The Wile E. Coyote Congress

This isn’t real news, but Ezra Klein’s scorching documentation in his Bloomberg column of exactly how bad the just-ended 112th Congress has been deserves repetition and reflection:

What’s the record of the 112th Congress? Well, it almost shut down the government and almost breached the debt ceiling. It almost went over the fiscal cliff (which it had designed in the first place). It cut a trillion dollars of discretionary spending in the Budget Control Act and scheduled another trillion in spending cuts through an automatic sequester, which everyone agrees is terrible policy. It achieved nothing of note on housing, energy, stimulus, immigration, guns, tax reform, infrastructure, climate change or, really, anything. It’s hard to identify a single significant problem that existed prior to the 112th Congress that was in any way improved by its two years of rule.

The 112th, which was gaveled into being on Jan. 3, 2011, by newly elected House Speaker John Boehner, wasn’t just unproductive in comparison with the 111th. It was unproductive compared with any Congress since 1948, when scholars began keeping tabs on congressional productivity….

The 112th found legislating so difficult that lawmakers repeatedly created artificial deadlines for consequences and catastrophes intended to spur them to act. But like Wile E. Coyote with his endless supply of Acme products, when the 112th set a trap, the only sure bet was that it would explode in its collective face, forcing leaders to construct yet another hair- trigger legislative contraption.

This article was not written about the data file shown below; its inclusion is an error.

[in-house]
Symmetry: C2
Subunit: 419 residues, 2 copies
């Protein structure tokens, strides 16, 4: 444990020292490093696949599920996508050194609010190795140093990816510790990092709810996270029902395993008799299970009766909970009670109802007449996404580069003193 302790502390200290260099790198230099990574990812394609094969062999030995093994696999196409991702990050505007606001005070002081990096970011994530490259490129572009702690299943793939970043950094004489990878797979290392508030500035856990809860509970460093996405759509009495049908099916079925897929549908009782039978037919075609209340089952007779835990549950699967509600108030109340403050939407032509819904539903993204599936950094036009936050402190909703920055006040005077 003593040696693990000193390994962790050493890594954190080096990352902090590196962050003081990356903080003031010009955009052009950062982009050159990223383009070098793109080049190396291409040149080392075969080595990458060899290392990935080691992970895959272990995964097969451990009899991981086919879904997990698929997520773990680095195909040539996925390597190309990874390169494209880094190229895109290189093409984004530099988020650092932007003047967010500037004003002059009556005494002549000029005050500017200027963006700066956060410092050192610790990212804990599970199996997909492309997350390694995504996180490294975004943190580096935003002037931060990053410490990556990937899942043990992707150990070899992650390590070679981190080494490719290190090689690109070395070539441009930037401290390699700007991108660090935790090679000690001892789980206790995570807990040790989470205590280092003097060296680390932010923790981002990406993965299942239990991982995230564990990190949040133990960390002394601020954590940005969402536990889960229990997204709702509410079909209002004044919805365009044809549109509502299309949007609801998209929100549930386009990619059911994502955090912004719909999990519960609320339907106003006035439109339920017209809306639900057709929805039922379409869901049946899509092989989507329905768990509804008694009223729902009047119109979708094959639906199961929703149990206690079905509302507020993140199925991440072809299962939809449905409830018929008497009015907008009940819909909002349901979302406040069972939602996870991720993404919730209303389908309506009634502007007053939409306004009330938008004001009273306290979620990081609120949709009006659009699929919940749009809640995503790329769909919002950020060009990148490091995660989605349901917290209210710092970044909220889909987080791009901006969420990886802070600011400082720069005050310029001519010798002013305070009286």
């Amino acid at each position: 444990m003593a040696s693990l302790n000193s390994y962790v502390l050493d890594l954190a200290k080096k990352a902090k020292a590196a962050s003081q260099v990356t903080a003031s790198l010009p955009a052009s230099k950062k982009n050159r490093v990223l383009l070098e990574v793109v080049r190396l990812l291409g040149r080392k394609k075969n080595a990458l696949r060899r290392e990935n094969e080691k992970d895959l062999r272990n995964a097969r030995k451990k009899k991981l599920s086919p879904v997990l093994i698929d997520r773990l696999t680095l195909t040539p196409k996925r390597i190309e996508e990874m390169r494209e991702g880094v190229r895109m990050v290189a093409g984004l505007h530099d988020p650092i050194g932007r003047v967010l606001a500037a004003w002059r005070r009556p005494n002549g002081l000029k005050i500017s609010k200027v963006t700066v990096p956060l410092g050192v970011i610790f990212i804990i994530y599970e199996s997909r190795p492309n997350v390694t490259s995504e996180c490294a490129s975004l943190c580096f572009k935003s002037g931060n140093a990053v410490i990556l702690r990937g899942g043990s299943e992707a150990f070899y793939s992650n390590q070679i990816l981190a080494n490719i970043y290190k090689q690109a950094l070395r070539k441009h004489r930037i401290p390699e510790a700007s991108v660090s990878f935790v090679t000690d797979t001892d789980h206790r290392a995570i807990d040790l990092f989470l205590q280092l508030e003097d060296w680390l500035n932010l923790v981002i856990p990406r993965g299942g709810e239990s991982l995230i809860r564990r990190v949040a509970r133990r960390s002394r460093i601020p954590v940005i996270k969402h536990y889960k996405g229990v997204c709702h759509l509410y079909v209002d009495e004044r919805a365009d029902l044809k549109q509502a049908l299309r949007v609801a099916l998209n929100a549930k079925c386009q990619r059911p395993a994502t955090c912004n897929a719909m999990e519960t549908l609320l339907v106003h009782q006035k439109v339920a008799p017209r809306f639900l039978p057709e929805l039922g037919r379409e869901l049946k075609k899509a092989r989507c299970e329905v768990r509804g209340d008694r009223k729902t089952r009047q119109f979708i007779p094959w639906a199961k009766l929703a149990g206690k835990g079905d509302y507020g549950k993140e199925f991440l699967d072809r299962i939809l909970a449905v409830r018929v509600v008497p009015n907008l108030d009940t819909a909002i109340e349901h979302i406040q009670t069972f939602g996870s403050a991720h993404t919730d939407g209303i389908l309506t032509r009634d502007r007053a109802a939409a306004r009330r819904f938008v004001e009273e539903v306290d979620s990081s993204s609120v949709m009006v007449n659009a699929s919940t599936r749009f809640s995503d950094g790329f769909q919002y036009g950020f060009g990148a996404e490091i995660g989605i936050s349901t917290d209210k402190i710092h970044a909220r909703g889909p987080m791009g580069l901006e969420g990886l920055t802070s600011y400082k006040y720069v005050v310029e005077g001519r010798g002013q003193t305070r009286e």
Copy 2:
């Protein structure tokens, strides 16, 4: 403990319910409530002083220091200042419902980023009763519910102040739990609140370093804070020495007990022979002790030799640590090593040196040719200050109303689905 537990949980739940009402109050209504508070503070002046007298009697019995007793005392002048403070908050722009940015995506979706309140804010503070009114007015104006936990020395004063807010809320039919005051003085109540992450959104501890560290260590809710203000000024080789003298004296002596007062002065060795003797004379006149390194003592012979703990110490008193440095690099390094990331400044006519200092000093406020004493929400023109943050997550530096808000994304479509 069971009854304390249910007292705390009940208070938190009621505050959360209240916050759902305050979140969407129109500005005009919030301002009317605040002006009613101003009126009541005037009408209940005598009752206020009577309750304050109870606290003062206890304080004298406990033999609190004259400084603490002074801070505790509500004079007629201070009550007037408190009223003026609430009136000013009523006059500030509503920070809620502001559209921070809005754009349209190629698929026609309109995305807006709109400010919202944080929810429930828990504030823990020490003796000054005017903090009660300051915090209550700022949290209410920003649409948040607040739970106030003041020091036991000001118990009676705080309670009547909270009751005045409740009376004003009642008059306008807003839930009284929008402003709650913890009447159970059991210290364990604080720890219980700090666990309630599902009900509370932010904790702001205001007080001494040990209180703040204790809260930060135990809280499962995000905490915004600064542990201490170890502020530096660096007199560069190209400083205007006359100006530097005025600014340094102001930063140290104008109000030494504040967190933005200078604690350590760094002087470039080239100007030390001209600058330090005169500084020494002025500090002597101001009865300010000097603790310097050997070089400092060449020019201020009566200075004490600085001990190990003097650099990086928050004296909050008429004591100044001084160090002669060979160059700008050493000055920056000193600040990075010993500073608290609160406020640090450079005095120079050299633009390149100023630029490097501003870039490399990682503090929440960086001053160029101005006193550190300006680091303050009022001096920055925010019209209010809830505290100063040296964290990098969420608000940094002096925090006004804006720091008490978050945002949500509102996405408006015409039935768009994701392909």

And it’s not just progressive wonks who feel that way about the 112th, Ezra notes:

As a result of its good works, the 112th Congress was the least popular since pollsters began keeping score. According to the Gallup Organization, the 112th’s approval rating fell to 10 percent in February 2011 and again in August that year. Those are the lowest readings in Gallup’s 38 years of surveying. When another polling firm, Rasmussen, asked Americans in March 2011 how they’d feel about the U.S. turning into a communist country, 11 percent said they’d approve. So congratulations, 112th: You were, at multiple points, less popular than communism.

While you can argue there’s plenty of blame to go around for this sterling record of substantive and political fecklessness, when you look at the whole mess, it bears the distinctive stamp of House Speaker John Boehner, forever bobbing and weaving to preserve his power with rarely a glance at long-term consequences. Whatever grief the Orange Man gets today in his normally pro-forma re-election as Speaker, he has richly earned.

Ed Kilgore

Ed Kilgore, a Monthly contributing editor, is a columnist for the Daily Intelligencer, New York magazine’s politics blog, and the managing editor for the Democratic Strategist.